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1,000 Years Ago, Baltic Pagans Imported Horses From Scandinavia To Behead Them Or Bury Them Alive


Aug 19, 2003
A sign of prosperity if they could import such horses for sacrifice,

1,000 years ago, Baltic pagans imported horses from Scandinavia to behead them or bury them alive​

By Kristina Killgrove published 3 days ago

Baltic pagans imported horses to be sacrificed from their Christian neighbors around 1,000 years ago.

Illustration of the ritual sacrifice of a horse at Paprotki Kolonia, modern Poland.

An illustration of a ritual sacrifice of a horse at Paprotki Kolonia, in what is now modern Poland. (Image credit: Mirosław Kuzma)

Around 1,000 years ago, pagans living near the Baltic Sea imported horses from their newly Christian northern neighbors and then subjected the animals to gruesome public sacrifice, a new study finds.

Horses were an important component of Balt culture between the first and 13th centuries, evidence shows; numerous ancient equestrian artifacts have been recovered, and travelers have reported that elite Balts drank fermented mare's milk. Because the Balts were not literate prior to their conversion to Christianity, however, most information about their lives, including their pagan religion, comes from archaeological investigation.

In a new study published May 17 in the journal Science Advances, researchers detailed their biomolecular analysis of 80 sacrificed horses from nine archaeological sites in the eastern Baltic region — modern-day Poland, Lithuania and the Russian province of Kaliningrad sandwiched between them — and determined that both male and female horses were chosen for sacrifice and that some horses were imported from quite a distance.

A previous assumption within Baltic archaeology, according to the study, was that stallions were specifically selected for public sacrifice and that this ritual — which often involved decapitation, flaying, quartering the horses or burying them alive — was enacted at the funerals of elite male warriors in Balt culture. To test this, the team analyzed the DNA of the horses and found that roughly 66% were stallions and 34% were mares.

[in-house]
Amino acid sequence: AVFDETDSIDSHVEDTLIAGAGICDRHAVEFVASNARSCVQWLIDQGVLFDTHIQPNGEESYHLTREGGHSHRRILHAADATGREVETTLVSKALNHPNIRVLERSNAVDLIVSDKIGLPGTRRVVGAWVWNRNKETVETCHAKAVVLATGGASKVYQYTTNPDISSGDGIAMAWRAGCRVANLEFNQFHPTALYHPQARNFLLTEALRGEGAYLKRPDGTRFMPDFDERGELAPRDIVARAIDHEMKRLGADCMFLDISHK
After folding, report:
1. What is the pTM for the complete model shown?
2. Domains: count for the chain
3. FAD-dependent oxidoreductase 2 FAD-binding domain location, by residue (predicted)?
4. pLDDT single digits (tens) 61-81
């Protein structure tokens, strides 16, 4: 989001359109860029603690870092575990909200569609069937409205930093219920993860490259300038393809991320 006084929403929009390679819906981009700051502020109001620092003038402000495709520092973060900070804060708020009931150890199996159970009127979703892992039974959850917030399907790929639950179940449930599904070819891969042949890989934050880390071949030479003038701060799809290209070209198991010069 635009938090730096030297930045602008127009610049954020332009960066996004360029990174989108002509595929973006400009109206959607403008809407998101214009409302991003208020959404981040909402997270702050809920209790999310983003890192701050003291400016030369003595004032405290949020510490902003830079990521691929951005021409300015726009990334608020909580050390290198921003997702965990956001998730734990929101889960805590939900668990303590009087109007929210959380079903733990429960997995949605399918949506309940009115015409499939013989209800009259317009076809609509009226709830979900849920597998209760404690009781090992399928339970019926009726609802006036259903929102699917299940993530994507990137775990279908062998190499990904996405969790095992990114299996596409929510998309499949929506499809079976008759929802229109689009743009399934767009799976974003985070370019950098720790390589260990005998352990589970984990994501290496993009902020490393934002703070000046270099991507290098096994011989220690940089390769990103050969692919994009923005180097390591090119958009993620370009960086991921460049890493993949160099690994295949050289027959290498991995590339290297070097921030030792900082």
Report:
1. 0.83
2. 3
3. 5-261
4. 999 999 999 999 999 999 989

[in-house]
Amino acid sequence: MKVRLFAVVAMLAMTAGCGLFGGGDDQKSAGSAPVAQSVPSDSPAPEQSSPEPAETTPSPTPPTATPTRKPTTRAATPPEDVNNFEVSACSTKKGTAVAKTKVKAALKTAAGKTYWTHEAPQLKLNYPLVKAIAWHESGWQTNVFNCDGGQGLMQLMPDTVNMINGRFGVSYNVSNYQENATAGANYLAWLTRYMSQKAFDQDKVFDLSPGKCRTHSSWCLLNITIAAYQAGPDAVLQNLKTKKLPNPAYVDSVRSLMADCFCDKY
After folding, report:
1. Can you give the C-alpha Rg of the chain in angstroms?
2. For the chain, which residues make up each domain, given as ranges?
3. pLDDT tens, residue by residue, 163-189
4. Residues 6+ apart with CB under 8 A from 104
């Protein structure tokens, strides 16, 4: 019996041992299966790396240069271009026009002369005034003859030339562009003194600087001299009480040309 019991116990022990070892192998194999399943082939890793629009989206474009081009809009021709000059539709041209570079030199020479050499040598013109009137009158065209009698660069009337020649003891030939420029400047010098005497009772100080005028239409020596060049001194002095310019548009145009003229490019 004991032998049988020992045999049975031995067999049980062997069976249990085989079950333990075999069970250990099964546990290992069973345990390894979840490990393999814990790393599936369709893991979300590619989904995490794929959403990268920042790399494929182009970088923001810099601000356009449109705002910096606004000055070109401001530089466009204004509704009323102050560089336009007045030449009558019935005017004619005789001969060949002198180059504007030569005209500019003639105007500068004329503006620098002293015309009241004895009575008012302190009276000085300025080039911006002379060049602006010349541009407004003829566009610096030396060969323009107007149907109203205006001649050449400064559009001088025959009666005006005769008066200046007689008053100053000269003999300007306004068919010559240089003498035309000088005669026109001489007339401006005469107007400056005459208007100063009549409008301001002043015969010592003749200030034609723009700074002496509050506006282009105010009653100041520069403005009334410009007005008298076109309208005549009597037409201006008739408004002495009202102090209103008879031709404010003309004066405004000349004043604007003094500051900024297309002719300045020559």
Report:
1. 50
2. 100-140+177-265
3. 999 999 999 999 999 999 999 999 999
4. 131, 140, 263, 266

"Our results suggest that the Balts were not exclusively selecting male horses for this ritual, as previously thought," lead author Katherine French, a zooarchaeologist formerly at Cardiff University in the U.K. and now based at Washington State University, told Live Science in an email.

Illustration of a sacrificial horse deposit at Paprotki Kolonia, modern Poland.

An illustration of a sacrificial horse burial at Paprotki Kolonia. (Image credit: Mirosław Kuzma)

Because horses were common in the Balts' territory, researchers did not previously question whether the animals were sourced locally or from somewhere else. But the new study did a strontium isotope analysis of the horses' tooth enamel to identify the origin of the horses — and found that three were not born locally. The strontium present in tooth crowns comes from the animals' early diet; by measuring the ratio of two variants of strontium in one tooth or between teeth that grew at different times, researchers can match where the animal grew up or see where it moved when it was growing up. ...